The UK has experienced a “lost decade” of investment in innovation, according to a report by the research fund Nesta.
Investment in new products and ideas has fallen by £24bn since 2008, and faces a “deep-rooted crisis”.
“Businesses had a crisis of confidence in the 2000s, prioritising cash and concrete over investment in innovation,” Nesta claimed.
Nesta, the National Endowment for Science, Technology and the Arts, is an independent national charity.
It said the collapse in private sector spending on innovation since the recession began is equivalent to five times the amount the government spends each year on science and technology research.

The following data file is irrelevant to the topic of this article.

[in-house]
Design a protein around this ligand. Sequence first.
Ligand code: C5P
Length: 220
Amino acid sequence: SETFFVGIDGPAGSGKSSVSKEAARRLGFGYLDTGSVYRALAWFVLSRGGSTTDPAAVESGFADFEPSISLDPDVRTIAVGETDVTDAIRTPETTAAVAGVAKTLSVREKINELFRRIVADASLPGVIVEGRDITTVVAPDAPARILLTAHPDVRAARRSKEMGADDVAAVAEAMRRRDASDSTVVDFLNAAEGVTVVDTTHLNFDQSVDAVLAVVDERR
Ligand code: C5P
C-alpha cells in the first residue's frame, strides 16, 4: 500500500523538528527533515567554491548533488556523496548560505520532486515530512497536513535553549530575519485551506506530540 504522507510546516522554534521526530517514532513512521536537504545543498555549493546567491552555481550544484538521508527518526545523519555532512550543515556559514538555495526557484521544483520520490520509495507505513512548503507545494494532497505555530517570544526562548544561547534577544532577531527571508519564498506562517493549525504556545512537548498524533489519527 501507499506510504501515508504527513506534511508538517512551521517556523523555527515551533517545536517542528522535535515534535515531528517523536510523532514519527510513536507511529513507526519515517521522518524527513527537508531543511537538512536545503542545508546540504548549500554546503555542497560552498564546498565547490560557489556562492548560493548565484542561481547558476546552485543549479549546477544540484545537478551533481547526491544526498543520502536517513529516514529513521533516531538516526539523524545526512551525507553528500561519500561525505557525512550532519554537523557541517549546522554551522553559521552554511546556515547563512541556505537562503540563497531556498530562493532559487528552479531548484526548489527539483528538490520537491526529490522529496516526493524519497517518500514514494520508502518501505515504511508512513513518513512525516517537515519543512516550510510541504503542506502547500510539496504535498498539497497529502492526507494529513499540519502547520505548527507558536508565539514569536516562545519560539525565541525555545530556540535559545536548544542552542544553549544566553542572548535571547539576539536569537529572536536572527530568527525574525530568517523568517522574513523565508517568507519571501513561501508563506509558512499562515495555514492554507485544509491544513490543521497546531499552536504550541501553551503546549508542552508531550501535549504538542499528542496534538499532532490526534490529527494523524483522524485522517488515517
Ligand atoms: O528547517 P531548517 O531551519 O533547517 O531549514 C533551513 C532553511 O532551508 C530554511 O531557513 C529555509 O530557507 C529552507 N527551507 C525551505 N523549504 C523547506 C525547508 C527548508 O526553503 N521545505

Even prior to 2008, spending on innovation had stagnated since 2000.
Nesta’s findings were based on a regular survey of 1,200 British businesses.
“Between 2008 and 2009 innovation delivered 63% of the UK’s economic growth,” the endowment fund claimed.
“Everyone agrees that innovation is the only route to long term growth,” said its chief executive, Geoff Mulgan.
“The concern is that today’s report and Investment Index show that investment in the future didn’t just fall during the immediate aftermath of the financial crisis, but also continued falling as the economy appeared to stabilise.”
Nesta’s report highlighted in particular the importance of manufacturing for the UK’s continued innovation efforts: “Representing 17% of GDP, manufacturing accounted for 77% of business investment in R&D and 23% of total business innovation investment.”
via BBC News